Bangladesh may lose market in diversified jute products
Bangladesh is missing out on the opportunity to earn foreign currency from the export of diversified jute products, industry players said.
India, on the other hand, is taking advantage of this opportunity by investing in new mills and research and development in line with global demand, they added.
“A ban on the use of plastic bags in different countries -- from the US to Europe, Africa, Asia and Australia -- has opened new opportunities to export diversified jute products,” said Rashedul Karim Munna, general secretary of Bangladesh Jute Diversified Products Manufacturers and Exporters Association.
The global demand for shopping bags is estimated to be 500 billion pieces, worth around $500 billion a year, according to International Jute Study Group.
The US, Europe and China would be the biggest markets for shopping bags, once the ban on the use of plastic bags would fully come into force in a few years.
Local manufacturers and exporters fear they would lose the market to India, as entrepreneurs in the neighbouring country have built factories that are able to produce quality yarn, fabric and diversified products.
India exported more than 70 million jute shopping bags in 2012-13, against around 1 million by Bangladesh. Entrepreneurs in India received grants from the government to set up advanced mills to produce diversified jute products, they said.
Bangladesh's manufacturers and exporters said all the governments in the country had paid little attention to develop this sector.
“The cost of producing quality yarn is 40 percent higher in Bangladesh than India because of technological disadvantages,” Munna said. India has set up composite jute mills with modern machinery and technologies to make fabric, dyeing or lamination under one roof, he said. Bangladesh has nearly 250 jute mills, but none with dyeing and lamination facilities, which are essential to producing diversified products.
Historically, Bangladesh and a part of India are the main producers of jute accounting for more than 96 percent of the total jute production globally. In 2011, global jute production was 2.86 million tonnes, of which Bangladesh's share was 1.2 million tonnes.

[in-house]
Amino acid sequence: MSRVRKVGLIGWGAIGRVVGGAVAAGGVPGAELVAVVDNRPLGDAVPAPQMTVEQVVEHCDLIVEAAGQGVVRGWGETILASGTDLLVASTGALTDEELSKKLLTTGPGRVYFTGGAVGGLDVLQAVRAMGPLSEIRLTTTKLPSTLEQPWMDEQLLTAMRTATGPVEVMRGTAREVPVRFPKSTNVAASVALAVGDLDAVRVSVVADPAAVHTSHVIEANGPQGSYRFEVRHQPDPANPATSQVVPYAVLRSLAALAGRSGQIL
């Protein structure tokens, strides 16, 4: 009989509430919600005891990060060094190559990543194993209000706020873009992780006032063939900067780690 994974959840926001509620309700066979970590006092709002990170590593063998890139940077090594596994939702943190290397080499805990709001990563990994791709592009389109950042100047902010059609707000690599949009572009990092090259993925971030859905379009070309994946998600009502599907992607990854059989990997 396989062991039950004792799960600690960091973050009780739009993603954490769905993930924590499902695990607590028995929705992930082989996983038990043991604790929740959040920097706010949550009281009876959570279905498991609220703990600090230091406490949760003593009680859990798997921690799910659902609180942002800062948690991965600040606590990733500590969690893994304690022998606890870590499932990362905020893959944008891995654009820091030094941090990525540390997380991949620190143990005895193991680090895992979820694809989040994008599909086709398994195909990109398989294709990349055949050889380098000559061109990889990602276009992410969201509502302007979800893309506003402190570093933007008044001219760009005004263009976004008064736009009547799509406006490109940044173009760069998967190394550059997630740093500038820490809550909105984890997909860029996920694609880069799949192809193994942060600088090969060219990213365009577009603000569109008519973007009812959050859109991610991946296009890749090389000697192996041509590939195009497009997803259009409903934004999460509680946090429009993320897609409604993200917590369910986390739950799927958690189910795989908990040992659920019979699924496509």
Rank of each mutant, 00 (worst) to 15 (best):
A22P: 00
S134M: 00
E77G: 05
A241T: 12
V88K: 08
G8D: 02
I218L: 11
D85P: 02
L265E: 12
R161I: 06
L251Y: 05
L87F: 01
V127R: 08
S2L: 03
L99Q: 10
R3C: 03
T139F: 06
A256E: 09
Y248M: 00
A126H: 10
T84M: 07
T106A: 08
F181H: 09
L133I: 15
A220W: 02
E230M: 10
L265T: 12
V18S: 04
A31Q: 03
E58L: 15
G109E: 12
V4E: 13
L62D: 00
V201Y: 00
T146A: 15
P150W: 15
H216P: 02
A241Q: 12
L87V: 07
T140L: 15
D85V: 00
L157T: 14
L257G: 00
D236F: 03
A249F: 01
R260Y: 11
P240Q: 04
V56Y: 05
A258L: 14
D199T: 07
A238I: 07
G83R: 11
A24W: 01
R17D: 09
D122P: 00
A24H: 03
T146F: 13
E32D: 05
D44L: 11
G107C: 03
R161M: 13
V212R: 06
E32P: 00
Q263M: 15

Once Bangladesh was known as the country of 'golden fibre' because of the quality of jute it produced. Jute and jute goods accounted for 90 percent of the country's total exports in 1972-73. Now, the contribution of this sector to Bangladesh's export earnings has dropped to less than 5 percent, even though it has more than 95 percent local value addition.
Bangladesh exported raw jute and jute goods worth $1.03 billion in fiscal 2012-13 -- jute sacks and bags accounted for $237 million and jute yarn and twine over $500 million -- according to data from Export Promotion Bureau. In July-October this year, data shows a negative trend in the export of jute sacks and bags -- $42.61 million against the target of nearly $93 million for the period.
“India is enjoying the cream of jute diversification. It has quality mills, professionals and designers to produce diversified products,” said Mahmudul Haque, deputy managing director of Janata Jute Mills, one of the two biggest private mills. The largest one is Akij Jute Mills.
“Investing in dyeing and lamination is yet to be feasible in Bangladesh as the market is not so big. An absence of designers is a major concern here too,” Haque said.
The good news is that Bangladesh Jute Mills Corporation (BJMC) is set to convert a couple of its mills to produce raw materials to make diversified products instead of traditional ones.
“We are converting Karnaphuli Jute Mills and hope to go for commercial production next month. The world is demanding diversified products and we have to get out of making traditional things,” said Maj Gen Humayun Khaled, chairman of BJMC.